An exceptional element is the diagonal perspective that Steen used in this painting. His rooms usually look like imaginary peepshows, with the rear wall running parallel to the picture plane. Here, however, we look diagonally through the room to the corner where the walls meet; an evening landscape hangs near the top of the left-hand wall. This system of perspective has not one, but two vanishing points, to the left and right on an imaginary horizon line inside or outside the picture. Steen applied this perspective carelessly and evidently found it difficult to create a convincing illusion of space. For example, the floor in the foreground slopes too much, and Steen probably tried to hide this by adding the lap dog. By placing the doctor exactly in front of the line where the two walls meet, he succeeded in masking his problems with perspective.24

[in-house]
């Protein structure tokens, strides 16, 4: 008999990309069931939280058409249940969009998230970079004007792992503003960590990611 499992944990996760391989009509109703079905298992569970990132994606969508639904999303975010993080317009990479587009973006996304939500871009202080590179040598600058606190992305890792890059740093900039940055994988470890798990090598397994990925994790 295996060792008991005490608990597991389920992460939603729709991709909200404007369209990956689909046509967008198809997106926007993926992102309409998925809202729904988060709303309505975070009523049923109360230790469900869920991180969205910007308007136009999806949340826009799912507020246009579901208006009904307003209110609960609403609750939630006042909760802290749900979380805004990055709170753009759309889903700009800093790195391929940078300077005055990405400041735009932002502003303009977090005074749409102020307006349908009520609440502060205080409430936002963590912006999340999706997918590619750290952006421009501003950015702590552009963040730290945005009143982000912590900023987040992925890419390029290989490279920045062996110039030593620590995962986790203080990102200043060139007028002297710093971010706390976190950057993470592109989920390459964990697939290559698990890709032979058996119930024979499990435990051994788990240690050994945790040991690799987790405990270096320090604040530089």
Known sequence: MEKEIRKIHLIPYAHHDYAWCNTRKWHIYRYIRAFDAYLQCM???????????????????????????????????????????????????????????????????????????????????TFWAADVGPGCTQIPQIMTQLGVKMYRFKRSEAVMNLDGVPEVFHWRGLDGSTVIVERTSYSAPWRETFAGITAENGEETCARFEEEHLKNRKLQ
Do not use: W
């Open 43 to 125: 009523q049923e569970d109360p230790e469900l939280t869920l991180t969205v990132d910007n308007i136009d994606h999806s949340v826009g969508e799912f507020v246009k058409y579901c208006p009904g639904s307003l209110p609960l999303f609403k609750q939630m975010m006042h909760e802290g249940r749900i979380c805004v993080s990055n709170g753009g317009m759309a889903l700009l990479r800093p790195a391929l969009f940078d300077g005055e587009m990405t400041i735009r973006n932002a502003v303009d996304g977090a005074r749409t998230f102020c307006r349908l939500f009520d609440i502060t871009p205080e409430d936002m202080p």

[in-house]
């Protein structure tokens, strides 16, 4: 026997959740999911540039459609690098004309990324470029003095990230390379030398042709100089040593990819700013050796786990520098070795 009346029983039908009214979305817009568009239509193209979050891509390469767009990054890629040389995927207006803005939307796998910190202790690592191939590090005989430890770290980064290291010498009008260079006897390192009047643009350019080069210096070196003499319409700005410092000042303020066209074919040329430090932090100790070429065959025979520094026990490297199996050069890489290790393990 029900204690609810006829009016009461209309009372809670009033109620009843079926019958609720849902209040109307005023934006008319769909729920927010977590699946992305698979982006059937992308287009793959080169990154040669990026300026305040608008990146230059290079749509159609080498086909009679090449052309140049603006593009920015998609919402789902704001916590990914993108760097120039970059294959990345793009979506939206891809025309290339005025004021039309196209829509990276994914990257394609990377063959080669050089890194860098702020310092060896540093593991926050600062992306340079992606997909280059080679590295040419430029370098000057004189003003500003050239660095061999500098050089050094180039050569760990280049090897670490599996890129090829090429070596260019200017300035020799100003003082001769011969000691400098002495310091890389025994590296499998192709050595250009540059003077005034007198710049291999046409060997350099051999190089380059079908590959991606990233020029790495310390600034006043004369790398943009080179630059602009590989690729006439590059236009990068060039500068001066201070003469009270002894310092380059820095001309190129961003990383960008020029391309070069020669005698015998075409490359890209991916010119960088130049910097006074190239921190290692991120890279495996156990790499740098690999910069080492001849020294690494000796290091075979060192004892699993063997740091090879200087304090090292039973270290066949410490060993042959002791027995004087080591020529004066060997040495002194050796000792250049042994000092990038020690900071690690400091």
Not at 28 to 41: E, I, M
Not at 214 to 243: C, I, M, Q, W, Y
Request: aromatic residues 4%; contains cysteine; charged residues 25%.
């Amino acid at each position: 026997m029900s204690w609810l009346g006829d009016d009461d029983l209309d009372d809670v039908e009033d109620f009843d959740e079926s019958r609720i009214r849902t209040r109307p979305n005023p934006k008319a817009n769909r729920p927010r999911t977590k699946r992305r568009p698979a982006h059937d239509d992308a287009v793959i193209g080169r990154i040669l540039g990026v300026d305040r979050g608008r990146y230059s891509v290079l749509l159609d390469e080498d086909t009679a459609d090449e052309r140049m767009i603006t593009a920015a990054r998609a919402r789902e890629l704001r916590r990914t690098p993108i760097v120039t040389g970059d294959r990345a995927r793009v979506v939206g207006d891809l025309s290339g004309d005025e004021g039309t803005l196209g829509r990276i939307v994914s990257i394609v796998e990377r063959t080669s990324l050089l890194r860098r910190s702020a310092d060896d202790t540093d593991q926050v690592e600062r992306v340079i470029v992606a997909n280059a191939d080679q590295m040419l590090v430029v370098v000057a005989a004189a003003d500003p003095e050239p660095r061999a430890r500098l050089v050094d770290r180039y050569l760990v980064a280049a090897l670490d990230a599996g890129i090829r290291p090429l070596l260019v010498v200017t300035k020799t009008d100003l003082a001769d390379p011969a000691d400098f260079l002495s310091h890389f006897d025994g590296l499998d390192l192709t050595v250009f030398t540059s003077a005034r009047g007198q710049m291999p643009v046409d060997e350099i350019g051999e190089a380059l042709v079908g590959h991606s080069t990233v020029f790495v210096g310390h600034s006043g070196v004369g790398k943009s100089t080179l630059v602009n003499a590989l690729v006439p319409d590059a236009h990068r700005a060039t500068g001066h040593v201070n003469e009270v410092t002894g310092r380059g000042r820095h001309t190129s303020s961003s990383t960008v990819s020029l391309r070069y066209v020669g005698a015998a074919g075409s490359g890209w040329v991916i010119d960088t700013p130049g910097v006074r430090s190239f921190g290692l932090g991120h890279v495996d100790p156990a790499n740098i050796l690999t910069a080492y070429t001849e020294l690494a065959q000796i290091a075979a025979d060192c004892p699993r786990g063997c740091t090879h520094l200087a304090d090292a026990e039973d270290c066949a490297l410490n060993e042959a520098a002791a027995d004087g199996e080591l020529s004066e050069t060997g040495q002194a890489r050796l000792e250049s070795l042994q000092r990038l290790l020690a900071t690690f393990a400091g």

Steen signed this ambitious painting by ‘carving’ his name into a floor plank in the right foreground. He chose a complicated method of creating perspective and delivered a virtuoso performance in both the rendering of materials and the use of a palette rich in contrasts. Finally, characteristic of Steen is his close observation of the individual still-life elements, such as the wicker basket, the dog’s cushion, the pan of coals and the solitary slipper.
Jan Steen (Leiden 1626 - 1679 Leiden)
The Sick Girl
57.7 x 46.2 cm
lower right: JSteen. JS in ligature
Govert van Slingelandt, The Hague, in or before 1752; his widow, Agatha Huydecoper, The Hague, 1767-1768; Van Slingelandt sale, The Hague, 18 May 1768 (Lugt 1683), no. 34; the entire collection sold to Prince William V; Prince William V, The Hague, 1768-1795; confiscated by the French, transferred to the Muséum central des arts/Musée Napoléon (Musée du Louvre), Paris, 1795-1815; Royal Picture Gallery, housed in the Prince William V Gallery, The Hague, 1816; transferred to the Mauritshuis, 1822